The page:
Starring living Hollywood legend Kirk Douglas alongside John Cassavetes (Rosemary’s Baby, The Dirty Dozen) and Carrie Snodgress (Diary of a Mad Housewife), THE FURY is an experience of both terror and suspense.
Cassavetes gives his most sinister performance since Rosemary’s Baby as a man who kidnaps the telepathic son of his colleague (Kirk Douglas), aiming to turn him and similarly gifted individuals into human weapons. Meanwhile, Gillian (Amy Irving), is worried enough about the destructive potential of her own powers to agree to be institutionalised – but is the Paragon Institute all that it’s cracked up to be?
The Fury is another feather in Director’s Brian DePalma’s cap. Suspenseful and thrilling from the start, The Fury builds itself up as a thriller up until the halfway mark and then descends into a completely different beast.
The Fury is presented on Blu-ray with a MPEG4-AVC codec that preserves the film’s original 1.85:1 aspect ratio. Recently restored exclusively for Arrow by James White at Deluxe (who oversaw the tremendous Zombie Flesh Eaters transfer), The Fury is again another tick in the box for Arrow’s quality releases. Scanned from an original 35mm print that featured a very natural filmic look, which is helped by a healthy dose of grain that refines some of the smaller detail in the print, colours are rendered superbly and no bleed was visible. Shadow and black detail are carefully defined so no detail is lost in the darker lit scenes. No evidence of any post processing such as edge enhancement or digital noise reduction were observed either.
The Fury unleashed two main audio tracks for its Blu-ray release. An English DTS-MA 4.0 remixed audio mix and a LPCM 2.0 mix which preserves the original mono mix. Switching between the two tracks and key scenes, admittedly there isn’t that much of a difference with the exception of a few surround elements mixed into the rear speakers for good measure. The front stage is practically the same with dialogue being crisp and clear and filling the front speakers. John William’s score is the biggest winner with the DTS-MA 4.0 track though and fills the sound stage nicely. No hiss or crackle could be heard throughout which displays the work that Deluxe went into cleaning up the original sound elements.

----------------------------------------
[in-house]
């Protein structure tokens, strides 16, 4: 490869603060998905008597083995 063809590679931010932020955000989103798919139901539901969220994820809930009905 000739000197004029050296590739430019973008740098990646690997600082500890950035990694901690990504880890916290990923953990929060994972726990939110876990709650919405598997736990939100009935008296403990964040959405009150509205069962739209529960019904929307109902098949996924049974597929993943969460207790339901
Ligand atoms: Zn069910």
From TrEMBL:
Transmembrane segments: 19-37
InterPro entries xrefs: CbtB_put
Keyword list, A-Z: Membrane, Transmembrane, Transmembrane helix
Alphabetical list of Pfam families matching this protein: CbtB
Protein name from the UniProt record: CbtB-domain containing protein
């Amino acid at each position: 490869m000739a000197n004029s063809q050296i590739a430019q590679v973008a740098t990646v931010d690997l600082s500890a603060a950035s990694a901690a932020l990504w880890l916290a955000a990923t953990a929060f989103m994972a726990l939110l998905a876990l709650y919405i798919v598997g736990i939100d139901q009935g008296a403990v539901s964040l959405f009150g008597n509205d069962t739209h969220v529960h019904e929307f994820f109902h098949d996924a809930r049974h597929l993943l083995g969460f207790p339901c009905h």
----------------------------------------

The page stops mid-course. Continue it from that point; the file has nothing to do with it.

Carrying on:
Isolated Score track – John William’s original score preserved on the disc and encoded as LPCM 2.0
Archive Interviews – Four interviews that were used during 1978 to promote the film. These interviews with key cast and crew give some insight into the making of The Fury and how the characters were developed.
The Fury: A Location Journal (50 minutes) – An in-depth interview with Sam Irvin, who served as an intern on the production of The Fury, who shares a lot of behind the scene stories and recalls his first meetings with Brian DePalma
Spinning Tales (14 minutes) – A sit down interview with actress Fiona Lewis who discusses working on The Fury and working with Brian De Palma.
Blood on the Lens (27 minutes) – A sit down interview with cinematographer Richard H. Kline who discusses shooting The Fury
Double Negative (18 minutes) – A short film directed by Sam Irwin in 1985, starring Bill Randolph, Dori Legg, and Justin Henry
Trailer (3 minutes) – The film’s original theatrical trailer.
Gallery (1 minute) – A scored collection of behind the scenes stills from the making of The Fury.
Another great addition to Arrow’s line up and one for Brian DePalma fans, The Fury is certainly a thriller of a film that manages to keep the viewer on edge until its final moments. Arrow have one again pulled out all the stops for this release with a new HD scan supervised by James White and a array of new exclusive bonus features.
The Fury Blu-ray from Arrow has the option of reversible covers that feature newly commissioned artwork and original key theatrical artwork